With more than a century of combined heritage, United Launch Alliance is the nation’s most experienced and reliable launch service provider. ULA has successfully delivered more than 120 satellites to orbit that aid meteorologists in tracking severe weather, unlock the mysteries of our solar system, provide critical capabilities for troops in the field and enable personal device-based GPS navigation.

Atlas V SBIRS GEO Flight 4 Launch Highlights

 

The U.S. Air Force’s SBIRS GEO Flight-4 satellite, built at Lockheed Martin’s Sunnyvale, California satellite manufacturing factory, was encapsulated on January 9
The U.S. Air Force’s SBIRS GEO Flight-4 satellite, built at Lockheed Martin’s Sunnyvale, California satellite manufacturing factory, was encapsulated on January 9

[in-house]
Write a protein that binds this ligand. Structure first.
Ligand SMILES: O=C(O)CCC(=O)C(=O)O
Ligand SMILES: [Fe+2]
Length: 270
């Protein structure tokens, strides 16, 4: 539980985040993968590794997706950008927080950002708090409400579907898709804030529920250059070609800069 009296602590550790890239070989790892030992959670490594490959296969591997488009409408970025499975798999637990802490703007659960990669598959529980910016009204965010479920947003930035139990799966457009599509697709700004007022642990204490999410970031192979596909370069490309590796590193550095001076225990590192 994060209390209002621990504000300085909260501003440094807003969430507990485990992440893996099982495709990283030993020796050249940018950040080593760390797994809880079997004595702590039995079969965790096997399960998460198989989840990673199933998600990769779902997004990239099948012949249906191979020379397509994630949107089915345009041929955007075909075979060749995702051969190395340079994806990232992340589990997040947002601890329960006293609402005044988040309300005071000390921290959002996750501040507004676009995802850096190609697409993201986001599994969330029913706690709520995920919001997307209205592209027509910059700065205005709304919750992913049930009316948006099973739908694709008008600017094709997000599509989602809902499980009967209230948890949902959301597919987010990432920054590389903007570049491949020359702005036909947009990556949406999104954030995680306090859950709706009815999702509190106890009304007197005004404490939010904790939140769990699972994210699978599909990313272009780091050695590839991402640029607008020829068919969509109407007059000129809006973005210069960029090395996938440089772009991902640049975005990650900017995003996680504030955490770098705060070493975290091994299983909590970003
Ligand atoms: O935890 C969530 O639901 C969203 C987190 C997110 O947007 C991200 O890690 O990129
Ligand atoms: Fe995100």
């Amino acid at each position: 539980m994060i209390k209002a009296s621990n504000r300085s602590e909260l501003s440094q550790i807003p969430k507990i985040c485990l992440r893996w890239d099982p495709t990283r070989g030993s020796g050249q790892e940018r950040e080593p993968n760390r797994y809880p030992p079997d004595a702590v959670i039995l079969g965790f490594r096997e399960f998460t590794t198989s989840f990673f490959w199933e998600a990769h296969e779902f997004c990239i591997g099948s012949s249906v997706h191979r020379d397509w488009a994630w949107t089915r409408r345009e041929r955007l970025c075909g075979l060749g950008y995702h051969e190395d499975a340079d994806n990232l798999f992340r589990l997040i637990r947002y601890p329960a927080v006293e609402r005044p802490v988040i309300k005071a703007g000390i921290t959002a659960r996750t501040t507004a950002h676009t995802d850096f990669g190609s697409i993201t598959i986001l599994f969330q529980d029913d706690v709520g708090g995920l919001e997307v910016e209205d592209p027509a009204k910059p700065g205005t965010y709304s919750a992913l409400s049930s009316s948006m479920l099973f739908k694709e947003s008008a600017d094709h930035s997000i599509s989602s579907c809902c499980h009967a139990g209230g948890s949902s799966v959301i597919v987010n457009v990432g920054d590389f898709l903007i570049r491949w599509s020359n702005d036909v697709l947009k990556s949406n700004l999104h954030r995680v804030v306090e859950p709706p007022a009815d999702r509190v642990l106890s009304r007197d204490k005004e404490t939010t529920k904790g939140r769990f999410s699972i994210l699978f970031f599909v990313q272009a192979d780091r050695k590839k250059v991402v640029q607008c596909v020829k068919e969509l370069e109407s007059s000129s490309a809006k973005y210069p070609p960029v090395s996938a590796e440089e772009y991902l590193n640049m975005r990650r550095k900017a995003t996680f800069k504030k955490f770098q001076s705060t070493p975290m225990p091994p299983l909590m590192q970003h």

Classified spacecraft

A United Launch Alliance (ULA) Delta IV rocket carrying a payload for the National Reconnaissance Office (NRO) lifted off from Space Launch Complex-6 on January 12 at 2:11 p.m. PST. Designated NROL-47, the mission is in support of national defense.

A United Launch Alliance (ULA) Delta IV rocket carrying the NROL-47 mission lifts off from Space Launch Complex-6
A United Launch Alliance (ULA) Delta IV rocket carrying the NROL-47 mission lifts off from Space Launch Complex-6

«As the nation’s most trustworthy launch provider, today’s launch exemplifies ULA’s ongoing commitment to 100 percent mission success», said Will Crawford, ULA’s NRO program manager. «My sincere thanks to the entire ULA team and our mission partners at the NRO and U.S. Air Force who made this, our 27th NRO launch, possible».